Translation help required

So here is the situation: I read Duranki manga and other stuff and sometimes I just completely don’t understand what is going on with the sentences. I am around JLPT N5+ with grammar currently and yet I solve most of the problems by deep googling and ravaging through countless links. This time I just can’t understand the sentence at all.

Also I really apologize that I made a whole new thread just for one sentence, but I am lost and have no idea where to ask for help, I got no mentors.
And can somebody provide me with a link to place where I can occasionally ask for help?

And, uh, here is the sentence: 「やだ?しかも一匹二匹じゃないじゃない」
Situation is that there was a cart brought by hunters with around 4 bodies of wolves and 1 deer.
People get really excited and surprised with the catch. This phrase belongs to one of the bystanders who sees that cart.
やだ is just a surprise, しかも is just an introduction word. What bugs me* here is:

  1. double じゃない. It just makes no sense for me.
  2. 一匹二匹 why is she counting “one animal, two animals” and then stops abruptly?

Yes, yes, I am dumb, but plx explain me what is going on here.

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The じゃないじゃない sounds to me like that person is just repeating it in disbelief. Especially with the やだ in front.
So basically it’s like “No way. And yet… one two… no that can’t be”
(I have no real idea what’s going on without the page and I’m also not really much further than you in grammar but that’s my best guess.)

Is it legal/okay to leave a manga screenshot here? I guess not. Should I take a pic of an exact frame on the page?

nah that wouldn’t be legal. maybe say what chapter and page in that chapter and it should be findable

Chapter 4, page 5, 2nd frame. But the problem is that you won’t get the japanese version just like that. It is available only via purchase.

I checked a raw and a (jic) fan translation and it’s basically just that woman/girl being in disbelief about how many wolves 2 children were able to take down alone.

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It sounds to me like “一匹二匹じゃない” is being used to say something like “it’s not just one or two animals” and the second じゃない expresses disbelief. So the first じゃない is actually just a negation.

As a whole this person is just surprised at the size of the catch, I’d say.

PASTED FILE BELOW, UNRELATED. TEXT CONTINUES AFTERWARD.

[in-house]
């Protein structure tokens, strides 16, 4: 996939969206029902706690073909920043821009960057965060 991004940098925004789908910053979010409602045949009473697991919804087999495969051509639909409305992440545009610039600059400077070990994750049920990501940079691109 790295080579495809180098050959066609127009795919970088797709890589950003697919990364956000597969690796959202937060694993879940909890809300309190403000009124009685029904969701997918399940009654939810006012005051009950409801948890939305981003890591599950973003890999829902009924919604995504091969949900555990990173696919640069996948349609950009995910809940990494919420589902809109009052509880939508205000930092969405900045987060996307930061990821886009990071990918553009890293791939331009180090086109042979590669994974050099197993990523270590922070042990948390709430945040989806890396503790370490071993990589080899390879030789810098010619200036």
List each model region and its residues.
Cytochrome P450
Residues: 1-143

Very well, so these じゃない’s have different functions and work on different levels. 1st one is applied to 一匹二匹 and works locally and the 2nd one is applied to the whole phrase to add disbelief. I see. Thanks for that explanation.

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Posting a small number of manga pages is perfectly fine by the way. We have a bunch of them in the book club threads to give people an idea of the difficulty.


Disbelief might be fine in this context but it won’t work in every case. This is the sentence-ending use of じゃない that can be thought of as “isn’t it?” or “don’t you agree?”

きれいじゃない Not pretty (only after a な adjective or noun)
きれいじゃない? “Isn’t it pretty?”
きれいじゃん “Isn’t it pretty?” (じゃん never acts as a negation)
すごいじゃない Isn’t it amazing? (after an い adjective じゃない never acts as a negation)

Incidentally this is why textbooks will teach that adjective negation (e.g. 赤くない) isn’t the same as just slapping a じゃない at the end (e.g. 赤いじゃない). You might think “surely Japanese people would still understand”, but it’s similar to somebody pointing at something blue and saying “isn’t it red”. No native English speaker would interpret that sentence as “it isn’t red” – they would just get confused.


Yes, copyright law has a fair use provision and this is perfectly legal.

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You see these quick question threads pop up often enough, so it’s fine, I think, but here are some links to language and grammar question threads:

The quick or short Language Questions Thread (not grammar)

Short Grammar Questions

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I’d like to add to this, although it gets away from the question being asked.

じゃない or じゃん used in the “isn’t it…?” way actually changes depending on dialect as well. I spent a year in Saitama 2008-2009, and all my friends from there and the 関東 region used/use じゃない or じゃん, but when I lived in Ishikawa for 6 years, I found that people from the 北陸 area don’t use these words as much; instead, they use やない or やん (actually I might be misremembering/confusing it with the 関西 dialect, as I’ve been living in this region over 2 years now and starting to forget which is which :sweat_smile: and they also share some things too)

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Yep, Kansai dialect often replaces だ・じゃ with や. As another example, せやな is a somewhat well-known replacement for そうだね.

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